13 September 2020
Ecclesiasticus 27:30 – 28.7
Romans 14:7 – 9
Matthew 18:21 – 35
Today’s gospel follows on from the gospel of last Sunday, speaking about the need for reconciliation. Today’s gospel emphasizes more directly the great need to forgive. In today’s parable, the king calls his servants in order to settle his accounts with them. The first servant owes the king the equivalent of 3 million Euros in today’s currency. This shows up the incredible generosity of a king who loaned such an immense sum knowing the servant would have difficulty in repaying it. Nonetheless, the king is prepared to risk it in order to help this servant. If the debt was not repaid, the servant would be thrown into prison until it was repaid. But the king goes even further when the servant begs for more time to pay. Amazingly, he feels so sorry for the servant that he cancels all the debt.
This reminds us of God’s great generosity, giving each of us so many talents and gifts. Even if we have misused them or squandered them, God is always prepared to forgive us when we turn to Him seeking forgiveness.
The servant whose debt was forgiven leaves the king’s presence and meets a fellow servant who owed him the equivalent of about 15 Euros. This was a pittance in comparison to what he had been forgiven by the king. And what does he do? He refuses to give his fellow servant the time to repay and even tries to choke him before sending him to prison.
The other servants were scandalized at what happened and told the king who now deals severely with the first servant. He reminded him that the very least he could have done was to forgive the other as he himself had been forgiven. Now he pays the price for such unforgiving behaviour.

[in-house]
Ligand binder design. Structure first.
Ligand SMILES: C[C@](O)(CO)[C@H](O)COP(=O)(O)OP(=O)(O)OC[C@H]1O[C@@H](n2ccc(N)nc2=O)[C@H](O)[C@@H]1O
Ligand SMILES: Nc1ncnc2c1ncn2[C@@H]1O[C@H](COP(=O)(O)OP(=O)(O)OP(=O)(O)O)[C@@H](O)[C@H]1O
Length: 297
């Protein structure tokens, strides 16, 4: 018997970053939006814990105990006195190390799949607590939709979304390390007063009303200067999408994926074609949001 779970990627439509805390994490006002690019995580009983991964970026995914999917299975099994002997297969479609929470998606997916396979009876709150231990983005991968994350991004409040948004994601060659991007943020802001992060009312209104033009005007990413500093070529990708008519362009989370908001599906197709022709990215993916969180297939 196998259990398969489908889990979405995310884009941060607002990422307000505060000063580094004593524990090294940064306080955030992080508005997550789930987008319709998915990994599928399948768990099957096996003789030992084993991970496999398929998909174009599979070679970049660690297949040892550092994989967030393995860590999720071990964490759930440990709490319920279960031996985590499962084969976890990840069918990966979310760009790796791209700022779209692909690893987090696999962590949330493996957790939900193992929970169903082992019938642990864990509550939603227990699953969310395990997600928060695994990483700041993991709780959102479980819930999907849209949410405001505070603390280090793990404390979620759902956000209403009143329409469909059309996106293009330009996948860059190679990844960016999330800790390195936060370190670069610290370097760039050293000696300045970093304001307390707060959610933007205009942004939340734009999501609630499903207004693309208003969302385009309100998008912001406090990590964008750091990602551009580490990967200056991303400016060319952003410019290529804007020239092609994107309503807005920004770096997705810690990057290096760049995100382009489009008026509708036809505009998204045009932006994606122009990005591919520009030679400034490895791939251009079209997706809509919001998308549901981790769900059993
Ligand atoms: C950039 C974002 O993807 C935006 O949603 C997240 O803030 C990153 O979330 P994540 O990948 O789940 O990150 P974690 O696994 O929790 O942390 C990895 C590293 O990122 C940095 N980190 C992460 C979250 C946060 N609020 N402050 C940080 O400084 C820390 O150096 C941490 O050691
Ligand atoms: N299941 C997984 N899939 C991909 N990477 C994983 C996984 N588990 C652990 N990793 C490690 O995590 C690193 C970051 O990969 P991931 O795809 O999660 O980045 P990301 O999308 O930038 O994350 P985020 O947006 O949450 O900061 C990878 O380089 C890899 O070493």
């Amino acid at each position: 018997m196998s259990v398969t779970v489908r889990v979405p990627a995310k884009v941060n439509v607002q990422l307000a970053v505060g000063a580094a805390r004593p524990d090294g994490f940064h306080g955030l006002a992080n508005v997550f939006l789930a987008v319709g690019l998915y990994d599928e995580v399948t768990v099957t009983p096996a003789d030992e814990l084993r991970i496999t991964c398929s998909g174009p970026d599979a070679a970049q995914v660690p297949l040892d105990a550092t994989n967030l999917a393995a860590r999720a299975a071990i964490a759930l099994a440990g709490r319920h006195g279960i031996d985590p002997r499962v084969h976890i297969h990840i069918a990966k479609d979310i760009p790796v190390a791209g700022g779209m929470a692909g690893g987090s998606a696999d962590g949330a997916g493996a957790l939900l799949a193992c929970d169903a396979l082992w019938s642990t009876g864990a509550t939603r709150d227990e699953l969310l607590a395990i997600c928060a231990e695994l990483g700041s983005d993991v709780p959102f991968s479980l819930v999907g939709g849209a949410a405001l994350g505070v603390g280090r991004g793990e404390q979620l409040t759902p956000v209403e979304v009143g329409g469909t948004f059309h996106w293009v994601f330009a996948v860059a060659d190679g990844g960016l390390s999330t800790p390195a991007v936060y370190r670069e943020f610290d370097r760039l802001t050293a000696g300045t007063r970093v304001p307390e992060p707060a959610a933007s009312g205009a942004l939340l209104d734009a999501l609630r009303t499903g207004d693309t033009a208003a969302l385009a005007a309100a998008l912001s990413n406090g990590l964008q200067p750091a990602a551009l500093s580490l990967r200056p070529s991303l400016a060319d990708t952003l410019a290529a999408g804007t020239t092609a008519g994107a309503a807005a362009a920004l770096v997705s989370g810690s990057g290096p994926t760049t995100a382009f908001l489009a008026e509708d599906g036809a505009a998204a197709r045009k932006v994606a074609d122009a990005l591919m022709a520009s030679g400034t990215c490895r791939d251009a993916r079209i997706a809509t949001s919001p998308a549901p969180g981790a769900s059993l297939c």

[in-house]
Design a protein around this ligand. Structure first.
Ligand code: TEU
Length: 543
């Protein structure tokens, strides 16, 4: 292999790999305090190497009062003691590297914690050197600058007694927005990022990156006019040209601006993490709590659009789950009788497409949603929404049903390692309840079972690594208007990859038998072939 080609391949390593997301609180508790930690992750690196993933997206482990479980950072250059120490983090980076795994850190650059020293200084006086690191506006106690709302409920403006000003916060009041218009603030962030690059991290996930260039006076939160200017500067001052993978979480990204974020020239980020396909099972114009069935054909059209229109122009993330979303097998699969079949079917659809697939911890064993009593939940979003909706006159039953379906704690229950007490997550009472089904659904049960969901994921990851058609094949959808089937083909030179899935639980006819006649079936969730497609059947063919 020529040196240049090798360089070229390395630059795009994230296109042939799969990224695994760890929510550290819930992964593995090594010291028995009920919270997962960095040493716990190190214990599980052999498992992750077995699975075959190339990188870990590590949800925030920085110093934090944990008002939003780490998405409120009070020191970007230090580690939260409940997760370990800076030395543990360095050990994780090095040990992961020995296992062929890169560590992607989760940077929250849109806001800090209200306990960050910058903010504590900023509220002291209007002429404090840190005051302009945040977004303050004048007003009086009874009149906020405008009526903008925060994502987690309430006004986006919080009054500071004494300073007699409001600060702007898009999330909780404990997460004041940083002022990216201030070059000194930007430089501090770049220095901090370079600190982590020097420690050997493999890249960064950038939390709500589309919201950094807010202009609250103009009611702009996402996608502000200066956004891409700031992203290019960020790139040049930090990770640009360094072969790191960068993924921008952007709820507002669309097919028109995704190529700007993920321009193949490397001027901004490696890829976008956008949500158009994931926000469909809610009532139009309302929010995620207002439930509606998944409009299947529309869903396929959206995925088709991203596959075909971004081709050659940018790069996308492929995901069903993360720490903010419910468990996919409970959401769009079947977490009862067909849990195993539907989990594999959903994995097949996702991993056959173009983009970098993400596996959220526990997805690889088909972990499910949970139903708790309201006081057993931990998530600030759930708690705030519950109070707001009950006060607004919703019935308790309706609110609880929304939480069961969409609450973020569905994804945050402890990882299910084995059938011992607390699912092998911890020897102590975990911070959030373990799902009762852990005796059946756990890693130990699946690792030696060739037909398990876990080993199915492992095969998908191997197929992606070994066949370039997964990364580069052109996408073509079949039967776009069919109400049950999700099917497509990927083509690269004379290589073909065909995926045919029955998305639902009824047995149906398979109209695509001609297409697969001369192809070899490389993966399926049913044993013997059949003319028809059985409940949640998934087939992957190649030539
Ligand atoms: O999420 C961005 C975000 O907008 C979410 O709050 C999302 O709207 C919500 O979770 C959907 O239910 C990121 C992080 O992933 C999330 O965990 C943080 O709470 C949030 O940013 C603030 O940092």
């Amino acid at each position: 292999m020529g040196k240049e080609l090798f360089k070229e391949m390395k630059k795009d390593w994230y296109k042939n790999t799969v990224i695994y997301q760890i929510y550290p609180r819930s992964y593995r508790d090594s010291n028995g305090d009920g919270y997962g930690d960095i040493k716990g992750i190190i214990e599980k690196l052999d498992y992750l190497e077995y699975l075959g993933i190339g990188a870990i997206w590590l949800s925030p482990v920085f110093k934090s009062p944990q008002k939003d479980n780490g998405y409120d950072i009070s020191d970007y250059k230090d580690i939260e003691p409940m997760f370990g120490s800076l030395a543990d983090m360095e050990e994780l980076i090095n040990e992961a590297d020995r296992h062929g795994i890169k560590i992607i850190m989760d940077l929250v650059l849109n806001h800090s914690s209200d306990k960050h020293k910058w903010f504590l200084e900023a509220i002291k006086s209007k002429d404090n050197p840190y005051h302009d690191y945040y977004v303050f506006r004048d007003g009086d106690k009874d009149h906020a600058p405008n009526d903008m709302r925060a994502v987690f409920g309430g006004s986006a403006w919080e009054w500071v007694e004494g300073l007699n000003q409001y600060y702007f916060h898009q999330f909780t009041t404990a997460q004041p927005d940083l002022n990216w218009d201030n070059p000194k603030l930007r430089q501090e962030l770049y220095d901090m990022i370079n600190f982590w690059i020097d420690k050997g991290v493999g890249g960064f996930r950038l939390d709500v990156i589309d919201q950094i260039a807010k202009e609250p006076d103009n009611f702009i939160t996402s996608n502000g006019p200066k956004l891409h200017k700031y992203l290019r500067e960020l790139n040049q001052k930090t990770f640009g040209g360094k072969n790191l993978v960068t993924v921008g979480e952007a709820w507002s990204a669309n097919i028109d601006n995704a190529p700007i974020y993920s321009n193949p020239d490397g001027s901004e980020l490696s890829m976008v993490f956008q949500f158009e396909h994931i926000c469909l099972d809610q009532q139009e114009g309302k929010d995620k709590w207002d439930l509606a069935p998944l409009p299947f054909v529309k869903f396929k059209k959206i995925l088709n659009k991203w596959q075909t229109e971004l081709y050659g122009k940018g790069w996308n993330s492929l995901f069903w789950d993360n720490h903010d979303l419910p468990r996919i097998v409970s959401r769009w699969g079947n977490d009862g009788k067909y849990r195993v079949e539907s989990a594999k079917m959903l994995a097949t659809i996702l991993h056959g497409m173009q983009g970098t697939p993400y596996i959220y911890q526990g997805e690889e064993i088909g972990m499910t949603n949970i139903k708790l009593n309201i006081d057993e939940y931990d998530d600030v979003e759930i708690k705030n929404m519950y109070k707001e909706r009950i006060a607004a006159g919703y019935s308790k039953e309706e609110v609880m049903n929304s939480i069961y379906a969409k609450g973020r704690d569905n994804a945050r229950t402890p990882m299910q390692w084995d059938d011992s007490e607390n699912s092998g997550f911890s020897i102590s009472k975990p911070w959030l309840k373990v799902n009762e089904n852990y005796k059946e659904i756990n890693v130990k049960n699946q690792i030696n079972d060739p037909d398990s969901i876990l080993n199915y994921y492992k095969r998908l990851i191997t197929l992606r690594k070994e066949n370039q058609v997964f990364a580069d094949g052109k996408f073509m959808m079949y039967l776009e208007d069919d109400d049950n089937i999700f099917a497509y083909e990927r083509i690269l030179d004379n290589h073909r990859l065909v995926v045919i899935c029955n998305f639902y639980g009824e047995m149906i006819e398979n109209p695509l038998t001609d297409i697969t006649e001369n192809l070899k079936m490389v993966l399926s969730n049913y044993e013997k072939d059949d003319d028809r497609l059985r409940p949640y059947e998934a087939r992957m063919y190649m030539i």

The message of the parable is fairly obvious. God forgives each of us over and over again, as we turn to him for forgiveness, in proportion to our forgiveness of one another. Have we any other choice then in view of this than to forgive others who ask us to do so?
In the second reading from St. Paul to the Romans, we are told that the life and death of each one of us has its influence on others. Our Christian vocation is, among other things, to witness to God’s forgiveness to ourselves by doing the same for others. How can others know the forgiveness of God if they do not see us Christians practising it?
Forgiveness is at the very heart of who God is. Pope Francis said that another name for God is mercy! If someone we love does something hurtful our first [human] reaction may be anger but usually this gives way to forgiveness because of our love for the other. However, if someone we really don’t like does the same deed, it will be usually harder to forgive that person because we don’t have the same love for them as for someone close to us.
If we refuse to forgive someone, this will ‘eat into us’ and will rob us of that peace which Christ wishes us at every Mass: Peace I leave you, my own peace I give you….. We cannot experience God’s peace if we’re holding anger or hurt within us. We have to let go of it, even if we may never be able to forget what happened. But we can forgive… and sometimes we may never get any further than wanting to do so – but that is the first step and without the first step you’ll never make the second one.
If anyone had the right to refuse to forgive it was Jesus, hanging on the cross, unjustly condemned and crucified. We all know his reaction: ‘Father, forgive them for they know not what they are doing’.
‘Lord, you are always ready to forgive me if I turn to you. Help me to forgive others – and myself when need be – so that I may truly experience the peace you want for me in this life and in the life to come. Amen’
edited from a homily of the late Fr Jim Kirstein SMA
Click on the play button below to listen to an alternative homily from Fr Tom Casey SMA